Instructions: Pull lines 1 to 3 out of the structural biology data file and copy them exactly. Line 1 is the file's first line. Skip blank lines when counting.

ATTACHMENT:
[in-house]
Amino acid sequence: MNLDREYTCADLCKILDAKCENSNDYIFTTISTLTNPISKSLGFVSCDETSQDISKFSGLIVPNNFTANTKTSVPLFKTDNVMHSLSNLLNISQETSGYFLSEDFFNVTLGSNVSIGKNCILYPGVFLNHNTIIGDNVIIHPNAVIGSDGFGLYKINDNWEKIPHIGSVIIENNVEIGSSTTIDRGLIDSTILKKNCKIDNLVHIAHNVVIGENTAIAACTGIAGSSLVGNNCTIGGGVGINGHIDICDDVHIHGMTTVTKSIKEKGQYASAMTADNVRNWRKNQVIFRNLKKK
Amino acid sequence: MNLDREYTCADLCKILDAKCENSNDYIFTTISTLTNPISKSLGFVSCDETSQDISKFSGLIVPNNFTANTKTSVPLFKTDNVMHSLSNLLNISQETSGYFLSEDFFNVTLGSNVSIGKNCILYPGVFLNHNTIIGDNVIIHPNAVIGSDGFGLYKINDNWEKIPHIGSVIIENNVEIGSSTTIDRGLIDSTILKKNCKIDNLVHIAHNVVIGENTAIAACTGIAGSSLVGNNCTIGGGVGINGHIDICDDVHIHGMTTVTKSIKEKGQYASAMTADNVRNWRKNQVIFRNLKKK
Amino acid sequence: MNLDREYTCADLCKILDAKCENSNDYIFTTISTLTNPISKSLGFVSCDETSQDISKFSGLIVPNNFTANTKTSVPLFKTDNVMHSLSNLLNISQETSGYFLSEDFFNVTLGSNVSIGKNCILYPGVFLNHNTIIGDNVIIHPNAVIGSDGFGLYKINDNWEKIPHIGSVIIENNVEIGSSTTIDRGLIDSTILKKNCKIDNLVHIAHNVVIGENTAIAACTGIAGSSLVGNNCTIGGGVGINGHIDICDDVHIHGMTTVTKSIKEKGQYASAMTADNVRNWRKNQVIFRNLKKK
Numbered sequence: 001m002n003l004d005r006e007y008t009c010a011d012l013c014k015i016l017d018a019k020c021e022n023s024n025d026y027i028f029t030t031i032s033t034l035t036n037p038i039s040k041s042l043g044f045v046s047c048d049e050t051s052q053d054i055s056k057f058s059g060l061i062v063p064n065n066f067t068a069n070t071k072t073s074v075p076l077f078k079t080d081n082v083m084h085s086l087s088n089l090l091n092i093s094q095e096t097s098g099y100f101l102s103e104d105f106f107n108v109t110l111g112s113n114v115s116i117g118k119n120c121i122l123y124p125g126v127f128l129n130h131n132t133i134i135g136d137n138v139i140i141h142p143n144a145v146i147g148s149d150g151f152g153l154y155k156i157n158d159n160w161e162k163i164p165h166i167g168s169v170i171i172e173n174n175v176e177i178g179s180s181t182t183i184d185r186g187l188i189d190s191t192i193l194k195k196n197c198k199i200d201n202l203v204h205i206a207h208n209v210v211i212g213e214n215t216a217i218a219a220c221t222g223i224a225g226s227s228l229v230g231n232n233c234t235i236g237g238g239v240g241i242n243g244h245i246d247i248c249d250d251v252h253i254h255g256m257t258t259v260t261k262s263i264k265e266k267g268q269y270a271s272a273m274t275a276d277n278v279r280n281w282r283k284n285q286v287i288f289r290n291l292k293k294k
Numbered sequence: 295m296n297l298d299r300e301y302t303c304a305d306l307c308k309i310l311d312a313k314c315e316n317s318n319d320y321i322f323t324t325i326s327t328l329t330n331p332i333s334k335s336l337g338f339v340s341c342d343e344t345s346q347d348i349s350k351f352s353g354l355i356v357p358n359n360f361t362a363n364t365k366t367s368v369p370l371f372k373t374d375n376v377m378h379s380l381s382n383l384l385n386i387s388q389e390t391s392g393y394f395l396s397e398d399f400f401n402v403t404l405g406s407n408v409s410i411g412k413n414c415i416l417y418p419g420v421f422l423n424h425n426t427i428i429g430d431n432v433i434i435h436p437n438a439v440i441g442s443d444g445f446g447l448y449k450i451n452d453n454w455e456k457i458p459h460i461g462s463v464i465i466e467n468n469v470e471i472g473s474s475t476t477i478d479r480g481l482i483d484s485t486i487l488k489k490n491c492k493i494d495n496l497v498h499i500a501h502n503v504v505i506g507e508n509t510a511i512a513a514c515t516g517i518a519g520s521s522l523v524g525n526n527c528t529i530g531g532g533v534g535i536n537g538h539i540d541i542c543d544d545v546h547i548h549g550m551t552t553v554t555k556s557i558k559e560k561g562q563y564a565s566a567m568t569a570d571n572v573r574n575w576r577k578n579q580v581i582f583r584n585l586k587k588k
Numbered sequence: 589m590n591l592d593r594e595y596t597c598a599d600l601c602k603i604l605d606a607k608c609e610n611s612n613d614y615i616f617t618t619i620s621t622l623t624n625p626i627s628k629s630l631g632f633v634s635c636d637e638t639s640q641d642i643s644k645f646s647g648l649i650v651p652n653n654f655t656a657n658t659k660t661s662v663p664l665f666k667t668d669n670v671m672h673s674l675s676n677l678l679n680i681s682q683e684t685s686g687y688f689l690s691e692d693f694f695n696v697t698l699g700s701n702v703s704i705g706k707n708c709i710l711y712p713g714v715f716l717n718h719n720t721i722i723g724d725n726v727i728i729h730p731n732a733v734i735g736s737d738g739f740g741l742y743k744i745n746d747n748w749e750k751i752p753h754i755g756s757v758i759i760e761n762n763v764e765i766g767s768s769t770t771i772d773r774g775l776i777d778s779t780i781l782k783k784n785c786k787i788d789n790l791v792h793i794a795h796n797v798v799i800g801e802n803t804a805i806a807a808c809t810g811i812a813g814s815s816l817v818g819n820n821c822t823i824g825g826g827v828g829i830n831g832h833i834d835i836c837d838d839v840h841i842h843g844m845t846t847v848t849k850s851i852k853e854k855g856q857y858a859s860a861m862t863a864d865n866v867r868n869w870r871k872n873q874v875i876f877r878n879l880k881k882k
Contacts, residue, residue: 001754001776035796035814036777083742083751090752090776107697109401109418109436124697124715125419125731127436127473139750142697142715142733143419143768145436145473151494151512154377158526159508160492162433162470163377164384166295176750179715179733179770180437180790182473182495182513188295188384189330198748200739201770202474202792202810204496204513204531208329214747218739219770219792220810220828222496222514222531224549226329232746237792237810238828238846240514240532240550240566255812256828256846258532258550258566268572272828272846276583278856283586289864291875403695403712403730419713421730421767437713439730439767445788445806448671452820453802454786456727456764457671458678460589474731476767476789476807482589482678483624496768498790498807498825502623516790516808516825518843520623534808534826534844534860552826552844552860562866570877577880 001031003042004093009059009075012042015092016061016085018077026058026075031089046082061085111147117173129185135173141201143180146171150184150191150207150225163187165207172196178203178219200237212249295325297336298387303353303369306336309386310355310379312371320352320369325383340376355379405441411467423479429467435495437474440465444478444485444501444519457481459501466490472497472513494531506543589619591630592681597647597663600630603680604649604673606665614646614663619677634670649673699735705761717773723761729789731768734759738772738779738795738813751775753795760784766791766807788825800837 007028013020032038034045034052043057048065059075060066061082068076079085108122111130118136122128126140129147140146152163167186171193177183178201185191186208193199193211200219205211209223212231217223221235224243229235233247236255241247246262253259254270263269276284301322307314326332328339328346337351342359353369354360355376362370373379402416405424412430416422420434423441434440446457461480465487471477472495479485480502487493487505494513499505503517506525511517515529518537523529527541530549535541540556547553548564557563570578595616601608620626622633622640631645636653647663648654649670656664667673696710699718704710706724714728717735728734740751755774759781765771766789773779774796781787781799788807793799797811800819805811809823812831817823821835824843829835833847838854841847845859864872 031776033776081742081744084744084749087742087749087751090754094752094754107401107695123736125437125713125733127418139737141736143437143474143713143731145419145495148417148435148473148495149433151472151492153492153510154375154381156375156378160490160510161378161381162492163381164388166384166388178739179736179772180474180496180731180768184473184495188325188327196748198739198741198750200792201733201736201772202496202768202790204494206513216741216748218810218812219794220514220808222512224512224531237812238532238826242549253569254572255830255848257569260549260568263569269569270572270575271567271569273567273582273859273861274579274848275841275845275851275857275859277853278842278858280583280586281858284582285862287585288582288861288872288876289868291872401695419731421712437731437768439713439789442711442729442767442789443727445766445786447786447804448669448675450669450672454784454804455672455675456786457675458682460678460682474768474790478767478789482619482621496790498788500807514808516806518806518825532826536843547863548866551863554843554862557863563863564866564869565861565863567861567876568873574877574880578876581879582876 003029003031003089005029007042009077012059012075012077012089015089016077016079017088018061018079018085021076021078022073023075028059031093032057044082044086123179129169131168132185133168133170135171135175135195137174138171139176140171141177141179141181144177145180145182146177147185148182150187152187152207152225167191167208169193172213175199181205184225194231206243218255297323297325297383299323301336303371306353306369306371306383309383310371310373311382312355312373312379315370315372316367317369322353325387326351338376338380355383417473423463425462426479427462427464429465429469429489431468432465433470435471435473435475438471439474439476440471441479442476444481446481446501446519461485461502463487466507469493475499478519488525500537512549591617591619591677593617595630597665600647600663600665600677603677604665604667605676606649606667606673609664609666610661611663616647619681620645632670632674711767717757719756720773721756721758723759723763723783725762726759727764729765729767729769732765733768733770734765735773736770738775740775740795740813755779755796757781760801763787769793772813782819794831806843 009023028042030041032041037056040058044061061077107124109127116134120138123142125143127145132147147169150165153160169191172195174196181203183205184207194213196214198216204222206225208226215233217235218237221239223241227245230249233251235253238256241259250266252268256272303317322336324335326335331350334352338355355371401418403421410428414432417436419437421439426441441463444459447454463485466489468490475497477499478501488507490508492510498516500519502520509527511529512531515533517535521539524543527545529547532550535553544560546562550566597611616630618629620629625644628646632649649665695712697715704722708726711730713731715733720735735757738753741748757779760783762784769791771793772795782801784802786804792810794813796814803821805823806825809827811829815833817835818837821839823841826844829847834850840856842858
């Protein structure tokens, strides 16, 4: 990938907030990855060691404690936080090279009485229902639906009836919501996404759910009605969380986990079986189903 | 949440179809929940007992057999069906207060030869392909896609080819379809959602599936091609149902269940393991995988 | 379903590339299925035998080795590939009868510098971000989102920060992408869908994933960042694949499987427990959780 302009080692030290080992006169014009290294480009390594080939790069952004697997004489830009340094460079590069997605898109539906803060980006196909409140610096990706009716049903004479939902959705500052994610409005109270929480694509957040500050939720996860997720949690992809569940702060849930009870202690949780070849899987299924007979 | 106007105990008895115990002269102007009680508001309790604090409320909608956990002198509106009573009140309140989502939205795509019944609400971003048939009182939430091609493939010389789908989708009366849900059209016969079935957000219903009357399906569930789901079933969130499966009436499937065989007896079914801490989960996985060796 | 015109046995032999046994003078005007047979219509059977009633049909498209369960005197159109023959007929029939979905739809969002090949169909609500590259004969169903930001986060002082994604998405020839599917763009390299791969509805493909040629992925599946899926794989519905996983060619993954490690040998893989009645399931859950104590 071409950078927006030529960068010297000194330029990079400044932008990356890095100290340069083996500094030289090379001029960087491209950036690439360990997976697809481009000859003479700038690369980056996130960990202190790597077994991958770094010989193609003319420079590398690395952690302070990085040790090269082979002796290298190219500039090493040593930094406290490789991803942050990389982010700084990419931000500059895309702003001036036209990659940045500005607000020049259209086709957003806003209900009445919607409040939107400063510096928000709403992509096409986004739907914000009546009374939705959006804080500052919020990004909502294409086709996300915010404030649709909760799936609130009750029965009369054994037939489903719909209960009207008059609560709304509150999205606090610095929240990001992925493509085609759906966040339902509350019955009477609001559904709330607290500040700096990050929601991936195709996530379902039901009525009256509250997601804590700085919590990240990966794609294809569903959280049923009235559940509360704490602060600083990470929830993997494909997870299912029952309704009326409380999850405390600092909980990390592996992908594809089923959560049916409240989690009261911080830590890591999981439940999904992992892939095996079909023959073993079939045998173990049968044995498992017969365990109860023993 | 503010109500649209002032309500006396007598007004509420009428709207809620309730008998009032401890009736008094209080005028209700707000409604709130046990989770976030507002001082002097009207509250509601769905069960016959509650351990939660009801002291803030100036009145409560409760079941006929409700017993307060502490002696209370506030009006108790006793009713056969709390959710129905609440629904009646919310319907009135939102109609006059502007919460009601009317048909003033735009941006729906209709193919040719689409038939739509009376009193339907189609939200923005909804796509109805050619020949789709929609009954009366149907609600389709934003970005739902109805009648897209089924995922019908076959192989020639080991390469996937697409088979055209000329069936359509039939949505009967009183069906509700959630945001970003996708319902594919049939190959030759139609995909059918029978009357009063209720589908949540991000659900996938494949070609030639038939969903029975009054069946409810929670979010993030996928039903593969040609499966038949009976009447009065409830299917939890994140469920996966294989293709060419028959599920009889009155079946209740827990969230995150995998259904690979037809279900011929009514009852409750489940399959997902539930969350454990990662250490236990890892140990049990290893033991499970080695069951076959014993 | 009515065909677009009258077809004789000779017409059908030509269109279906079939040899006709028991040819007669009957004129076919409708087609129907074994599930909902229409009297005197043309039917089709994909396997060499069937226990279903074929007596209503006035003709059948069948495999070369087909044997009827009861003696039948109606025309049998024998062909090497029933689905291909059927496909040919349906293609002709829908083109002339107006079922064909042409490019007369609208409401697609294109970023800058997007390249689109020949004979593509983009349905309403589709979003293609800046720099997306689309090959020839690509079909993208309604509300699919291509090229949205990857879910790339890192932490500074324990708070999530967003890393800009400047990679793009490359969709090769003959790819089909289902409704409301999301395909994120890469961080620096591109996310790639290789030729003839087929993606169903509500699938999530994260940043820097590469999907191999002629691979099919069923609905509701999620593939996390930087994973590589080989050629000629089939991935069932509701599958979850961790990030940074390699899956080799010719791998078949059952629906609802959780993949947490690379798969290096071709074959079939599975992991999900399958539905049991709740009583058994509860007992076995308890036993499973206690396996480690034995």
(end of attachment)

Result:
[in-house]
Amino acid sequence: MNLDREYTCADLCKILDAKCENSNDYIFTTISTLTNPISKSLGFVSCDETSQDISKFSGLIVPNNFTANTKTSVPLFKTDNVMHSLSNLLNISQETSGYFLSEDFFNVTLGSNVSIGKNCILYPGVFLNHNTIIGDNVIIHPNAVIGSDGFGLYKINDNWEKIPHIGSVIIENNVEIGSSTTIDRGLIDSTILKKNCKIDNLVHIAHNVVIGENTAIAACTGIAGSSLVGNNCTIGGGVGINGHIDICDDVHIHGMTTVTKSIKEKGQYASAMTADNVRNWRKNQVIFRNLKKK
Amino acid sequence: MNLDREYTCADLCKILDAKCENSNDYIFTTISTLTNPISKSLGFVSCDETSQDISKFSGLIVPNNFTANTKTSVPLFKTDNVMHSLSNLLNISQETSGYFLSEDFFNVTLGSNVSIGKNCILYPGVFLNHNTIIGDNVIIHPNAVIGSDGFGLYKINDNWEKIPHIGSVIIENNVEIGSSTTIDRGLIDSTILKKNCKIDNLVHIAHNVVIGENTAIAACTGIAGSSLVGNNCTIGGGVGINGHIDICDDVHIHGMTTVTKSIKEKGQYASAMTADNVRNWRKNQVIFRNLKKK